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“Playing for rolls” or “Playing the role”

May 16th, 2010 by

It was my early gaming experiences on the Atari ST which ignited my passion for a good RPG.  Games such as Demons Winter, Phantasie and the mighty Ultima series ruled my time and often my dreams.  With pages full of scribbled notes alongside my many cloth maps of Britannia, the idea of grinding my way through a long RPG was much more appealing than going outside and climbing trees.

It seemed the enjoyment I got wasn’t only from immersing myself into the fantasy world dreamed up by the developers, but from the rewarding feeling that would wash over me like a gentle wave when I would find a new enchanted item after finally defeating a tough foe.  It is this proven risk and reward system which has been crafted into somewhat of an art form when it comes to World of Warcraft or more recently Demon’s Souls.

But this was me playing for rolls.  In these types of games I would rarely project my personal traits onto my in game avatar.  I would grind reputation with different factions or mercilessly slaughter everything in my way in order to achieve the rewarding item drop or gain that additional experience level.

It was not until I delved into the table top gaming world of Advanced Dungeons and Dragons that I came to realise that the most fun to be had was playing the role of the hero.  With no graphical interface limiting my actions, it was all down to my imagination (not to mention a good Dungeon Master).  It was at this point I realised that there was a second level to RPG’s, actually playing the role.  Sometimes I would use my own moral compass to steer my characters decisions, other times I would deliberately become the wicked evil person I could never get away with being in the real world.

This brings me onto the controversial topic of Fable and the mind behind it, Peter Molyneux.  I have always respected the thought behind the Fable games, trying to connect with the player and bring their moralities and decision making into the game on a higher level than previously seen.  I truly believe that Peter Molyneux wants to bring the type of experiences I had with AD&D to the masses without the need to invest in dice.  But is this actually possible?  Gameplay still needs to be at the heart of any successful title and in the realms of RPG’s there will always be the staple levelling and item acquisition.

It would be rude not to include Bioware in this bit of gaming commentary, specially the Mass Effect series. Unlike their Baldur’s Gate and Neverwinter Nights games, Mass Effect does focus more on the character development.  But other than a very open galaxy to explore and NPC’s to interact with, the character forged through the game still tackles the quests in the same manor.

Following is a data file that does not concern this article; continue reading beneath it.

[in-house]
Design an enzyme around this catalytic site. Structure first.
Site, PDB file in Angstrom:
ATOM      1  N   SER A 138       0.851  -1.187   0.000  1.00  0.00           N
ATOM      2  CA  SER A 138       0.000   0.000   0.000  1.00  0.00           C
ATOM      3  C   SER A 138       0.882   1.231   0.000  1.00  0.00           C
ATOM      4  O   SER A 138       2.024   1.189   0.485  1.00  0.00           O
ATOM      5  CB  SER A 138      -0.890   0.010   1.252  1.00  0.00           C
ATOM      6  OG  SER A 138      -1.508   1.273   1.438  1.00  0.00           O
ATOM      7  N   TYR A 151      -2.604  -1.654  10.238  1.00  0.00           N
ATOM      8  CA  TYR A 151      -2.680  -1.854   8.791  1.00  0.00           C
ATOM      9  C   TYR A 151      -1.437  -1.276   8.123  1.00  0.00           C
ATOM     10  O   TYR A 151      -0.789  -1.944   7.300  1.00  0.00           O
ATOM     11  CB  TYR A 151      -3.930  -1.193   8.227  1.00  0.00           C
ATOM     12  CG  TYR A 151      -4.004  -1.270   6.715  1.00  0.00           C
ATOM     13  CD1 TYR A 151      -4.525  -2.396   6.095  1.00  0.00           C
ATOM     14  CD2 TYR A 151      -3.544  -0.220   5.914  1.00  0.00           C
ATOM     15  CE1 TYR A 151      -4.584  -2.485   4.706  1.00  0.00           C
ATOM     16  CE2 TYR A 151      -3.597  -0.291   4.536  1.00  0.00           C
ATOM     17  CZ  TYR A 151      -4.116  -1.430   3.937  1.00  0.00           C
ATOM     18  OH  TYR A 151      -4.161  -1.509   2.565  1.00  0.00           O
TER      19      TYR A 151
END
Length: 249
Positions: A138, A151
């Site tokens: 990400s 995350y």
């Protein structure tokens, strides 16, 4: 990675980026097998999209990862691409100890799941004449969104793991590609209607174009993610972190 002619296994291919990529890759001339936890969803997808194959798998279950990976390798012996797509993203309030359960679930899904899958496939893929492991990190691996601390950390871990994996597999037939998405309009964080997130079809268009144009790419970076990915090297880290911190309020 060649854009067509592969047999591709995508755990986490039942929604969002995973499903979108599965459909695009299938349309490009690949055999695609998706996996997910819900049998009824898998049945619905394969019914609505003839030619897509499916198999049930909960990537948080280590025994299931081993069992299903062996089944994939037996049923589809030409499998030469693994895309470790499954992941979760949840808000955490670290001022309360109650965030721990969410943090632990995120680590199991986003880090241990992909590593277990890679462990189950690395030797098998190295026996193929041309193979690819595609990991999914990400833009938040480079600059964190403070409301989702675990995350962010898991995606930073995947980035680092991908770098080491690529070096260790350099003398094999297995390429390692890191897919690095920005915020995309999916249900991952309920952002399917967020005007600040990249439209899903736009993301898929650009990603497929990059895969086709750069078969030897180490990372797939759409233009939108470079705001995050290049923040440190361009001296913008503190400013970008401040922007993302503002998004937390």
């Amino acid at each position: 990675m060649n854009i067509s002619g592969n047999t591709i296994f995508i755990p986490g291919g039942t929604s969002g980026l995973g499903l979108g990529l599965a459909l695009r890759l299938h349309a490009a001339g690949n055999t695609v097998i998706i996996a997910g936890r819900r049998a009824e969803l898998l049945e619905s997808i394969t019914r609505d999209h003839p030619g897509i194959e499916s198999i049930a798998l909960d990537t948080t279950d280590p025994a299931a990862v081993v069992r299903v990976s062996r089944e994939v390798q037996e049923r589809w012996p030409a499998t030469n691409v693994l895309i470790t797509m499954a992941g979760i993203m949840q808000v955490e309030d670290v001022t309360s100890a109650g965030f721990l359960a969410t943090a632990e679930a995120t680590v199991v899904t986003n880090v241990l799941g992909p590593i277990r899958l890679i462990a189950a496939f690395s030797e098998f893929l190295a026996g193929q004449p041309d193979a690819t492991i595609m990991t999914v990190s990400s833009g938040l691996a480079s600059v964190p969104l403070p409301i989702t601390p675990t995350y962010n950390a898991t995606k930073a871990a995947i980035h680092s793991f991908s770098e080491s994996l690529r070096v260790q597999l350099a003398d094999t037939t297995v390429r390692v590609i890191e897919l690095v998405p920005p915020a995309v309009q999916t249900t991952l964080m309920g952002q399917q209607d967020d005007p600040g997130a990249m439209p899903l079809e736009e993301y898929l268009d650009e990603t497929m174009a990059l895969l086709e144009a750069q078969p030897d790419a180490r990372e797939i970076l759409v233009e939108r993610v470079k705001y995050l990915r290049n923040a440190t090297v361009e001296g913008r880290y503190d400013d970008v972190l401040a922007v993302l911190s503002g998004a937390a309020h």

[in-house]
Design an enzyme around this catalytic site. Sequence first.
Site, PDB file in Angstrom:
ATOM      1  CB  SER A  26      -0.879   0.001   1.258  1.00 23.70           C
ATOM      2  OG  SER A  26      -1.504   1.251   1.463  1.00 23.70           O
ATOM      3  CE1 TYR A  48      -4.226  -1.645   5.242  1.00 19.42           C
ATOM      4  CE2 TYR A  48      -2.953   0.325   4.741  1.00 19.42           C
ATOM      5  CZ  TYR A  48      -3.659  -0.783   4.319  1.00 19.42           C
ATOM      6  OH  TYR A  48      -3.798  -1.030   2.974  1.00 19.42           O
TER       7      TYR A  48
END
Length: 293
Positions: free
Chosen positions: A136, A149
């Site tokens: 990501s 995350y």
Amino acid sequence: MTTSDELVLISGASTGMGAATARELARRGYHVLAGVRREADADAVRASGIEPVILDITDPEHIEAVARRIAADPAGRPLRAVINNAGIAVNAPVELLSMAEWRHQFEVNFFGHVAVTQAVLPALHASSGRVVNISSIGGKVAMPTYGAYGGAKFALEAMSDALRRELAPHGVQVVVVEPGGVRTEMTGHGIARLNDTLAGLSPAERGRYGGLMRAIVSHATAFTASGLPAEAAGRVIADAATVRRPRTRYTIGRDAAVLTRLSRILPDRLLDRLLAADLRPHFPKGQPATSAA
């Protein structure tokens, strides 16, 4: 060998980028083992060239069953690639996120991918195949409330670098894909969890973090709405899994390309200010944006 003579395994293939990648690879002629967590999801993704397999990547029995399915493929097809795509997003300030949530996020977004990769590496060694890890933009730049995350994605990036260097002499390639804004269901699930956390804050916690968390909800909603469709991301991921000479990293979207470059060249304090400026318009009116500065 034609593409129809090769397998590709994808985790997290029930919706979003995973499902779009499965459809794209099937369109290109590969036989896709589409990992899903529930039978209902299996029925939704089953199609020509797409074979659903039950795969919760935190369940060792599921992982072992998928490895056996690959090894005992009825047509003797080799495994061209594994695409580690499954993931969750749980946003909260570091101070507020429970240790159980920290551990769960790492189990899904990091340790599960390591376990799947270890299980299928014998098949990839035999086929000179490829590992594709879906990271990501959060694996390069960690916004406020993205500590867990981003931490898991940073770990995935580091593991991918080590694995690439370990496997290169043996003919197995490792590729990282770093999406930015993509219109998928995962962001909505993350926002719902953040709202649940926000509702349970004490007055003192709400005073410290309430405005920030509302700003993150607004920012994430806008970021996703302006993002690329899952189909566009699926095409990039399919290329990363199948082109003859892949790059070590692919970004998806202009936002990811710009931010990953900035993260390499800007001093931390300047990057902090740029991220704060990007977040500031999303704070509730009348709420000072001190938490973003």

I’m by no means unhappy with the wide array of RPG’s available at the moment.  From the story telling heights of Final Fantasy to the downright evil but super rewarding Demon’s Souls and with MMO’s pushing the boundaries of time investment.  Perhaps the closest I’m going to get to my dream of total role playing isn’t going to happen within this media and is an experience that can only be gained by investing in those hypnotic dice.

What are your thoughts, can video games ever compare to traditional tabletop gaming? Am I expecting too much from my gaming time? Or am I simply playing these games with the wrong mind set?

4 Responses to ““Playing for rolls” or “Playing the role””
  1. avatar Anthony Bate says:

    Nice piece, Mr Moore.
    I feel that current technology cannot compare to table-top gaming in those means.
    99% of games are “guided” in that they are constructed using rigid programming. I can only think of a couple of games that have proceedurally generated content i.e. content that is generated randomly. Even those that are proceedural still have rigid criteria and syntax which they must adhere to, meaning there’s no real “imagination” involved.

    It is human nature to see the auspices or patterns of all things. Even the most convincing games can be mentally decoded and seen as the set of lego blocks that they are.

    I’m not bashing on programmers at all, how could one program a game to be truly random but still be a fun game? We need to steal an A.I from the Normandy!

  2. avatar Mogg says:

    Ahhh Matt, you never fail to pick great topics. I’d love to start playing D&D but i don’t know if i’m to young of the time has past.

  3. avatar windjunky says:

    My house used to fill up with weirdos and missfits every Sunday night. Each armed with a little canvas bag with their personal collection of assorted dice and their character sheets for further installments of D&D.
    Those days for me are long gone now as are the missfits and weirdos. Well, actually most of them became Teachers etc.. Video gaming has some big shoes to fill and I think this generation of consoles couldn’t even come close.
    Playing MW2 the other night with the core group I used to D&D with we decided online gaming was better because we didn’t have to look at each other’s ugly mugs.
    Seriously, online gaming can replace the table top.. even better it.. we’re still waiting for the game to do it.

  4. Well written post, enjoyed the read. thanks!

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